POV: Interview with Dan Khabie, CEO and Co-Founder of Digitaria

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Jami Oetting
Jami Oetting



Tell us about Digitaria and what differentiates it from other agencies.

We’re genuinely a full-service digital agency. Well, we do use a WPP media agency for buying, but we do pretty much everything else in-house. That’s rare. But, what has really set us apart is that our tech team and our creative team are equally strong. If we come up with the idea for something, we can build it. We can physically make what we create in our mind. Few agencies have the capacity to do that.

A year ago Digitaria acquired JWT’s digital office in the Midwest. What culture challenges did you run into during the transition and what advice can you give to other agencies going through similar transitions?

Midwesterners are very humble people — very low-key, not a lot of bluster. Our SoCal headquarters is also laid-back; there’s not a lot of ego there either, but it’s a different kind of personality altogether. There was a lot of entrenched thinking and ways of doing things. But I think you need to be patient, and you need to listen. Even if you do things that aren’t very popular at first, you’ve got to listen and hear people out. You can’t be totalitarian; you’ve got to make them realize this is a collaborative effort for everyone. Often, you’ll hear a perspective you hadn’t thought about. We’ve changed the Minneapolis office, but the Minneapolis office has changed us, too — both for the better.

How are you using big data to influence campaign and client projects?

As far as brands are concerned, big data is making all of us the stars of our own little private “Truman Show,” like the prescient Jim Carrey film from more than a decade ago. Digitaria, for example, has designed multi-channel campaigns to collect and store data to develop research methodologies that uncover best practices to drive awareness, brand favorability, customer action and behavioral change. Based on these research methodologies, — attribution models, correlation analysis, behavioral segments, social media-based focus groups, etc. — we create hypotheses and test what we learn by launching new marketing activities, tracking results and consolidating what we learn. This knowledge is then shared through best practice guides tailored to our clients on what works/doesn't work.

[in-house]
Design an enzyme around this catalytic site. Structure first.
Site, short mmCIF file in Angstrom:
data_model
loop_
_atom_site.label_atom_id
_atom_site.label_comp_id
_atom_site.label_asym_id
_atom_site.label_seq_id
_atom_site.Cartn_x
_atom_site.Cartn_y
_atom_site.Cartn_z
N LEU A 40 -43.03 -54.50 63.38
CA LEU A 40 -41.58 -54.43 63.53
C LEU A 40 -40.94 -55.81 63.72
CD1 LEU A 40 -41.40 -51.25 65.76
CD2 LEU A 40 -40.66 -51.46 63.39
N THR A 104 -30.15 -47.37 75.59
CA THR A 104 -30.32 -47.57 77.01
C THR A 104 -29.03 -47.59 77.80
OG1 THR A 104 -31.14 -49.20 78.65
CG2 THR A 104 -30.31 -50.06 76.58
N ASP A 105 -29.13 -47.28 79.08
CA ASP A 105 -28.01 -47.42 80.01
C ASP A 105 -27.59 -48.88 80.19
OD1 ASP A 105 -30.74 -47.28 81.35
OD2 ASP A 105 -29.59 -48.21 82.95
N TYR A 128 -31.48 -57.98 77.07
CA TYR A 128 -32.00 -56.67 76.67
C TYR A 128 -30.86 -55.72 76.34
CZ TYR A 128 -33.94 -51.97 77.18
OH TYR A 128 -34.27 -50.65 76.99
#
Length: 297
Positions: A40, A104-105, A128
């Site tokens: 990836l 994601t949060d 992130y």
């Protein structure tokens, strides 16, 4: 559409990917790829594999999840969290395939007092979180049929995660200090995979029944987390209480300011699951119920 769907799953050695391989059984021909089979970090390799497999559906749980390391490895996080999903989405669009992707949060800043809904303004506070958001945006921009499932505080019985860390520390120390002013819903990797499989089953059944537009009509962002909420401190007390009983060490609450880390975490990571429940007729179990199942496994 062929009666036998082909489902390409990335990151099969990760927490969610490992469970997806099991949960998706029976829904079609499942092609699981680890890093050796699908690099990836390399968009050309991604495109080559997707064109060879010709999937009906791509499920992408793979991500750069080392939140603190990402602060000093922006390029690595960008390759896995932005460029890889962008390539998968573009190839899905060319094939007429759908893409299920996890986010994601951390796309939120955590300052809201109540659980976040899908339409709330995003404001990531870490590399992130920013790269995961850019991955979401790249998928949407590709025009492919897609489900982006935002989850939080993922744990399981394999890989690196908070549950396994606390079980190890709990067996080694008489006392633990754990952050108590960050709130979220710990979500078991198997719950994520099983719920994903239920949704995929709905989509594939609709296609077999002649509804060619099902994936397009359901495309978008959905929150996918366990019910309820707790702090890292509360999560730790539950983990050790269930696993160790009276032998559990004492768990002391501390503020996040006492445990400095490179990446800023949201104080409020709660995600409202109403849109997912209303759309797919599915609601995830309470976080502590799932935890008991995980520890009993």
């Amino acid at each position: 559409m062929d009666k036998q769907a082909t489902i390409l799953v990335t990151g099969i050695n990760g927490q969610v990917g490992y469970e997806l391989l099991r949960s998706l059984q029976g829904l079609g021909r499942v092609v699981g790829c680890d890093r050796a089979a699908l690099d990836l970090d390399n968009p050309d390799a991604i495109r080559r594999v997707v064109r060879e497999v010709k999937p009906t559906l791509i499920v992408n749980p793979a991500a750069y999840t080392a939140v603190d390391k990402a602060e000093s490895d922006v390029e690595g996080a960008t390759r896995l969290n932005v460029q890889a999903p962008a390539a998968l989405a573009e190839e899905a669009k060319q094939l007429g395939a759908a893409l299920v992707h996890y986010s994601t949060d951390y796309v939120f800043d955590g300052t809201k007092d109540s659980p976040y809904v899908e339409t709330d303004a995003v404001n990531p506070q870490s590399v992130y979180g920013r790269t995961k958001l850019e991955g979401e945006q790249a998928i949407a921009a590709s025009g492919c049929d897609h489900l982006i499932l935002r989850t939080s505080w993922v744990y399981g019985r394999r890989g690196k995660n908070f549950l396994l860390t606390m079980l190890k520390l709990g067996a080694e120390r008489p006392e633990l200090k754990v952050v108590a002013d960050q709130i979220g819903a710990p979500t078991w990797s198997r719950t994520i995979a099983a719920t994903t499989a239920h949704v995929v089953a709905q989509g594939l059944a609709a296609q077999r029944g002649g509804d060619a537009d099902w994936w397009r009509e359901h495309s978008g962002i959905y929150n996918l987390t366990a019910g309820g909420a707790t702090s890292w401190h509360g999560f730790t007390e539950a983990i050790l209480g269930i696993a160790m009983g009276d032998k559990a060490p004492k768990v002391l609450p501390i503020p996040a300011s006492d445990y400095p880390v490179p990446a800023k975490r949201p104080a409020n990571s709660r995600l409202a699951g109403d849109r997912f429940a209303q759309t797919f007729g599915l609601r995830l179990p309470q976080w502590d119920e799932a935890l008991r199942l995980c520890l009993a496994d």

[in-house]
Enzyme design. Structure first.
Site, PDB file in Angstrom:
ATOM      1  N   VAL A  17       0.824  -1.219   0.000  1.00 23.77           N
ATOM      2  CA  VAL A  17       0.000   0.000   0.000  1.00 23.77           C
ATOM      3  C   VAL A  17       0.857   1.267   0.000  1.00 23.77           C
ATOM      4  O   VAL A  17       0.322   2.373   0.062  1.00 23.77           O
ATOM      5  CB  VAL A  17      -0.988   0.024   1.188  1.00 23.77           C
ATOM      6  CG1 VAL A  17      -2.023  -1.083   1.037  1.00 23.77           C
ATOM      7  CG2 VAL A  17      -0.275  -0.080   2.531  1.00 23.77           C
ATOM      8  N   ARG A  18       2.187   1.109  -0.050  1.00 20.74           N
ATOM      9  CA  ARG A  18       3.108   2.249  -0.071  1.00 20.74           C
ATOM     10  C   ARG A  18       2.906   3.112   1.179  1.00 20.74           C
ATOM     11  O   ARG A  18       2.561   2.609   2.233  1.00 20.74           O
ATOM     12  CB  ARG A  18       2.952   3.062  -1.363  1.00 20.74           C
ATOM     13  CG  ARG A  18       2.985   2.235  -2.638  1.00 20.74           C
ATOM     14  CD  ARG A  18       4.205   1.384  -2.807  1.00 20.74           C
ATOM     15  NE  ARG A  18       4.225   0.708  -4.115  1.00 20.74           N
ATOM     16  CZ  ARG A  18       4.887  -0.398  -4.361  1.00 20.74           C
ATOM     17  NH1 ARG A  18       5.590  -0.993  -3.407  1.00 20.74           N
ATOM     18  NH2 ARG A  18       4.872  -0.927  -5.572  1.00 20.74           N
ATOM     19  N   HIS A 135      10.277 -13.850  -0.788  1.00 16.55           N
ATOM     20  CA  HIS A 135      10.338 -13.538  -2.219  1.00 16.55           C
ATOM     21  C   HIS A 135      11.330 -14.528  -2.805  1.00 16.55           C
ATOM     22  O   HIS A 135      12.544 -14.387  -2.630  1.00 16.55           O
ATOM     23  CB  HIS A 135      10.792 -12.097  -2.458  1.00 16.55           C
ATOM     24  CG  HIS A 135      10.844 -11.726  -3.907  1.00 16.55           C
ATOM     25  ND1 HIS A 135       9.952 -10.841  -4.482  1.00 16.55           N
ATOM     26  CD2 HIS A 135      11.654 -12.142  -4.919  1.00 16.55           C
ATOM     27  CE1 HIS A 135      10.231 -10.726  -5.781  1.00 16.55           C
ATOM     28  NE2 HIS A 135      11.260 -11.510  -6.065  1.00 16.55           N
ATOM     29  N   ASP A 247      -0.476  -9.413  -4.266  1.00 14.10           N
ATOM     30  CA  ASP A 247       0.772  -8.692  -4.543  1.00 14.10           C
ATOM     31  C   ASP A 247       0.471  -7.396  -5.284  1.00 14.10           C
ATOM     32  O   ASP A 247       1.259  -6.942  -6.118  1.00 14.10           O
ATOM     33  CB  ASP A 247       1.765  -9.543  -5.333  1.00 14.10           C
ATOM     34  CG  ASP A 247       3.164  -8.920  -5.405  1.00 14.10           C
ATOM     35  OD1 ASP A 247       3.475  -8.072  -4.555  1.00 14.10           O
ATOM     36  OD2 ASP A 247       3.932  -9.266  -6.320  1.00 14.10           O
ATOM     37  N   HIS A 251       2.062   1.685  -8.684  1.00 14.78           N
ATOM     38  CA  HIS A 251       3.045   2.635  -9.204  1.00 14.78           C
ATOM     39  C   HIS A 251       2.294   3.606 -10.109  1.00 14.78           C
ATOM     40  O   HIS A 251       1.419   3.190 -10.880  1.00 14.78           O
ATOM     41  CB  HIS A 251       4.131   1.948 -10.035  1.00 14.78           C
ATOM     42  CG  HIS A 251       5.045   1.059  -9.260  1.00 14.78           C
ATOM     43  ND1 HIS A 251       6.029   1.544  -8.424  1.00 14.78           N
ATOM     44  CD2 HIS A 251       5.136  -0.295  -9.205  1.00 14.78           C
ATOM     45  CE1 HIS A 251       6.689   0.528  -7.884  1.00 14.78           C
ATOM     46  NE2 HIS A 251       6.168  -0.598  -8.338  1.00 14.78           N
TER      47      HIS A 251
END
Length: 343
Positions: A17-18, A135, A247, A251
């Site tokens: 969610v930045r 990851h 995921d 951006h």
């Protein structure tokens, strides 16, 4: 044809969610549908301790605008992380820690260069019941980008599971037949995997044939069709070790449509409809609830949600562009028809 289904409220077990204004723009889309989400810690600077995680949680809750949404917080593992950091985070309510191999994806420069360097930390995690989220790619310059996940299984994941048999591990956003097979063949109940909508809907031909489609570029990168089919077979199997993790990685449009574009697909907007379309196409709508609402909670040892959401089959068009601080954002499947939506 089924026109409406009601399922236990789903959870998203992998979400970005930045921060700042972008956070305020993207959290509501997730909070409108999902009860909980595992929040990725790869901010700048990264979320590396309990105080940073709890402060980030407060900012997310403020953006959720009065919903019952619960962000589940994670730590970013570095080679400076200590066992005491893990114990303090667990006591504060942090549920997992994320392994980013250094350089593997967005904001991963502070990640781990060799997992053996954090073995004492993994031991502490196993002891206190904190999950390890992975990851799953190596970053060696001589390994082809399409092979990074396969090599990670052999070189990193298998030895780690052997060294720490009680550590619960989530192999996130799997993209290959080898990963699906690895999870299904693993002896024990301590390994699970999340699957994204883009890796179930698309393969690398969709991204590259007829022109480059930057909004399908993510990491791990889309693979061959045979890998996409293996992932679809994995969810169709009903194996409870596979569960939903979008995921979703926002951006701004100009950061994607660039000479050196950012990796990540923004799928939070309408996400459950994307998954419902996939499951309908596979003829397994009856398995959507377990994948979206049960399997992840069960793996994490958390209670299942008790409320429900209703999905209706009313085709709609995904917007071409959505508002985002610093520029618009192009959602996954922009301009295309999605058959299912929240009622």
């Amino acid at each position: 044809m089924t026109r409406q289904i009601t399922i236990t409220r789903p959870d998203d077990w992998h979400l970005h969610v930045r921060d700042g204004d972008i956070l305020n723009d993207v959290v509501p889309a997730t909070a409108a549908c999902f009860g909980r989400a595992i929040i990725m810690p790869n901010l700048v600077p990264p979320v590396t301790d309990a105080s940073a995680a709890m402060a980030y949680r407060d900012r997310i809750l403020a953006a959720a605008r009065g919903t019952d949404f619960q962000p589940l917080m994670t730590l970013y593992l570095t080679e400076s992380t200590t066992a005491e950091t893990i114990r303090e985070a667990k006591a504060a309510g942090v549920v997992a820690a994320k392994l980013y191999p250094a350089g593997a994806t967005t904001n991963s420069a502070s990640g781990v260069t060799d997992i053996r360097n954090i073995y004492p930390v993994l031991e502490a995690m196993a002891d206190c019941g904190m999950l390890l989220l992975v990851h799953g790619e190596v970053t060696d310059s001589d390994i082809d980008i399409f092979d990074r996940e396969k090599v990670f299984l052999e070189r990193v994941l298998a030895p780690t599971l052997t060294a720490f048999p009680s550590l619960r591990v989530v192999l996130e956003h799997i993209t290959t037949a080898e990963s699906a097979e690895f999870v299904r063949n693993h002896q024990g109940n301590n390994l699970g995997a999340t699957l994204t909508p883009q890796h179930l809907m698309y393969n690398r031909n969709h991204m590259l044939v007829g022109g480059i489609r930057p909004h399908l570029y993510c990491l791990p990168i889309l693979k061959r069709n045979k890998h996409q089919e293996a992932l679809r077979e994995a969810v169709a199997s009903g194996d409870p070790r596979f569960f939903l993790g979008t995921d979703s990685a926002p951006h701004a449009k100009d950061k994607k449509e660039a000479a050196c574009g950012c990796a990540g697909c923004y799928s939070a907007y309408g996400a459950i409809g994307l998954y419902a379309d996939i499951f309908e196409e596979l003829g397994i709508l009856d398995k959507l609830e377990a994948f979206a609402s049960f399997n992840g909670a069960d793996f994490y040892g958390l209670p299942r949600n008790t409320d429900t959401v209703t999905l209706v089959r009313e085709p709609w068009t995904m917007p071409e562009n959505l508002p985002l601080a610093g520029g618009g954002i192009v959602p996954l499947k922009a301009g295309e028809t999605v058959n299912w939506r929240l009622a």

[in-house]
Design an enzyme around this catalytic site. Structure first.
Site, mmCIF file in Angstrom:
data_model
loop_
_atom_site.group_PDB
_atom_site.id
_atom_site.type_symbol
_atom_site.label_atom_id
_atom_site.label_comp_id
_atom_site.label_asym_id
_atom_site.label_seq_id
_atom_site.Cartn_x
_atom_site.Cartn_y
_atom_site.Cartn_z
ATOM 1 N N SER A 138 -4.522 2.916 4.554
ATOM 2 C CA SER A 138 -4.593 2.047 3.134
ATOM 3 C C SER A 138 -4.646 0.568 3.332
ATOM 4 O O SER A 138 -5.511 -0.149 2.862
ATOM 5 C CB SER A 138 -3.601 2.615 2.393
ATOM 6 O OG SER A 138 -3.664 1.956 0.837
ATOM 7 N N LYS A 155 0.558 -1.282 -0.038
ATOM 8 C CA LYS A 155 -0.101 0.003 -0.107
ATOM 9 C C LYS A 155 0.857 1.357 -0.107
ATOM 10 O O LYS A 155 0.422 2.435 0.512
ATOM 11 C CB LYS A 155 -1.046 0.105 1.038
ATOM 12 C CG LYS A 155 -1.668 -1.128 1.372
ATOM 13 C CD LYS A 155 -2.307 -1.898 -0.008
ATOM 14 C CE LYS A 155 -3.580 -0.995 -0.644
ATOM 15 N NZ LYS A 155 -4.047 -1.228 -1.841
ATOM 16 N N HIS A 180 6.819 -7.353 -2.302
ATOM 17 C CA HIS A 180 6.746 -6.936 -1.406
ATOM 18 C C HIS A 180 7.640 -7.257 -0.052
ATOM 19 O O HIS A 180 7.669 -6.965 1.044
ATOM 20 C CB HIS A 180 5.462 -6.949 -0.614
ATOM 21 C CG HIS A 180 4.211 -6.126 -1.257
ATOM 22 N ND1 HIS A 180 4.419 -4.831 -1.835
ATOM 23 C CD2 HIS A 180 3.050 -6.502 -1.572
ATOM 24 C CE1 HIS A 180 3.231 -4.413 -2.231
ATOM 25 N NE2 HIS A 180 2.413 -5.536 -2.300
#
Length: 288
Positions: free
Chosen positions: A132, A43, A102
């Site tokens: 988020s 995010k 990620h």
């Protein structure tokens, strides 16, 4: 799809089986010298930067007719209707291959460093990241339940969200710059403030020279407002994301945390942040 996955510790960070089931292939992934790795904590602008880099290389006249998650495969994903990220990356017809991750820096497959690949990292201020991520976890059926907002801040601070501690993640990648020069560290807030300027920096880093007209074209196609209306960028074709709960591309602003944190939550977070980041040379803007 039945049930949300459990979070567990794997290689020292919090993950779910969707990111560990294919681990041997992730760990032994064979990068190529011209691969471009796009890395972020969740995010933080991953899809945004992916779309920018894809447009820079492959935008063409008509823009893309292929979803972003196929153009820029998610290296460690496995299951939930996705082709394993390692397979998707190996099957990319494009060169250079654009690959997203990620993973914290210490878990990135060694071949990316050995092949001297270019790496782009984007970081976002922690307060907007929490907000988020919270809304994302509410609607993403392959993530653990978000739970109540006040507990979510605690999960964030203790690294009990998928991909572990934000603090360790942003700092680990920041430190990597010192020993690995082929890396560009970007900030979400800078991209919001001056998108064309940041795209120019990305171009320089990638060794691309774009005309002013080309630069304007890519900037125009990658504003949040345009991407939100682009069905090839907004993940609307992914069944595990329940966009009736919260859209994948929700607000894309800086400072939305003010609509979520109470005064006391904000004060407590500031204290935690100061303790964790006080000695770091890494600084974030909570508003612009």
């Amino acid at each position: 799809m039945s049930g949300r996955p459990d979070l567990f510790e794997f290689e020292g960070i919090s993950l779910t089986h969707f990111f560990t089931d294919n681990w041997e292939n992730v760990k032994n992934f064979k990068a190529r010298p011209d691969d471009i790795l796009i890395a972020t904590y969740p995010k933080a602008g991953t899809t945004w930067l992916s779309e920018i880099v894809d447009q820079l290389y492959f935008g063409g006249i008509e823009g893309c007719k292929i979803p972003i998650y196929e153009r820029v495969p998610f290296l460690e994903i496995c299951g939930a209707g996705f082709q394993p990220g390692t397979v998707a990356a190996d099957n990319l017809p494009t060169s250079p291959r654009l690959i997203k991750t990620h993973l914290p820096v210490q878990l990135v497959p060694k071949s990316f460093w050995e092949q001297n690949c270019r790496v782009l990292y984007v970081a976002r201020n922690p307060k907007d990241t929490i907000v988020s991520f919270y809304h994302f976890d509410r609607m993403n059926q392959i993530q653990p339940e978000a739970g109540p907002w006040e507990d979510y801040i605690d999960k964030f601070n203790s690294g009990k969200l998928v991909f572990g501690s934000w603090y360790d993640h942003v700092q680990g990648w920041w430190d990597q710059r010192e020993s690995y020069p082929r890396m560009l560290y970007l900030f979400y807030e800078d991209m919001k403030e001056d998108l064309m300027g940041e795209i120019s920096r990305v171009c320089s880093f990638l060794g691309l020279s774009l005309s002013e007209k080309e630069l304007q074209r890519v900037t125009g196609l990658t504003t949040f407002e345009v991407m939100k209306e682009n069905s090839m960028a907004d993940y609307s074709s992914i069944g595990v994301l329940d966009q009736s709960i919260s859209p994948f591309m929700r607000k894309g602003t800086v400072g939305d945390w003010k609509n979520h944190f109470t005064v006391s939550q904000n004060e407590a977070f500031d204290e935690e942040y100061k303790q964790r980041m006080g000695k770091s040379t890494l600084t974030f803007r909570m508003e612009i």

Do you think agencies need to “make things" in order to remain relevant in a tech-focused environment?

Yes. It might not be completely essential yet, but we’re heading in that direction.

How is the relationship between a brand and its customer evolving?

The playing field has been leveled. Marketing messages are no longer a one-way conversation. If you engage with people with respect, you will be rewarded. And it’s much, much tougher to hide and wait for things to blow over. Brands can be destroyed — destroyed! — if they take the wrong step. Look what happened to the Susan B. Komen foundation or Disney’s remake of “The Lone Ranger.” They were massacred on Twitter.

What have been some of your favorite projects produced by Digitaria? Tell us about the thought and strategy behind these campaigns.

crisis-trackerCertainly the LRA Crisis Tracker for our non-profit client Invisible Children is the greatest thing we’ve ever done. It’s saved lives. How many companies of any kind can say that? The Crisis Tracker was a piece of technology we created to aggregate reports from villages in remote Central Africa that would give the whereabouts of war criminal Joseph Kony and his Lord’s Resistance Army, which was killing men, raping women and kidnapping children as conscripts for his army — the worst kind of evil person. Because of the LRA Crisis Tracker, Kony’s attacks have diminished. It’s been acknowledged by the U.S. State Department.

Everything else pales in comparison to that. How could it not? Recently, however, I’m really proud of the work we’ve done for Rolex. Some of our banner ads were arresting enough that the client made them into print ads as well. I’m also proud of our Web work that’s bringing Qualcomm into China; it’s beautiful and eye-catching.

What marketing/advertising trends do you find most fascinating?

That the little phone you carry in your pocket is more powerful than any billboard you drive by. I still find it amazing how the speed of mobile has changed our behavior. I can't imagine living without it, and I believe the real future of mobile remains ahead of us.

One reason you love what you do: I am obsessed with brands and people. I love spending time with global companies and learning what makes them great, and I equally love spending time with talented people and learning what makes them want to do and make great things.

Favorite ad: You mean like a TV spot? I love that car commercial with the underdog kid who rounds up a bunch of other kids to help beat a team of bullies at football. Though, to be honest, I had to Google it to remember it’s a Hyundai ad.

Must-read book: Because I love advertising and communications, I highly recommend “Adland” by James Othmer. It really helps capture the same kind of love I have for what I do and also does a great job of describing how the major holding companies came to be.

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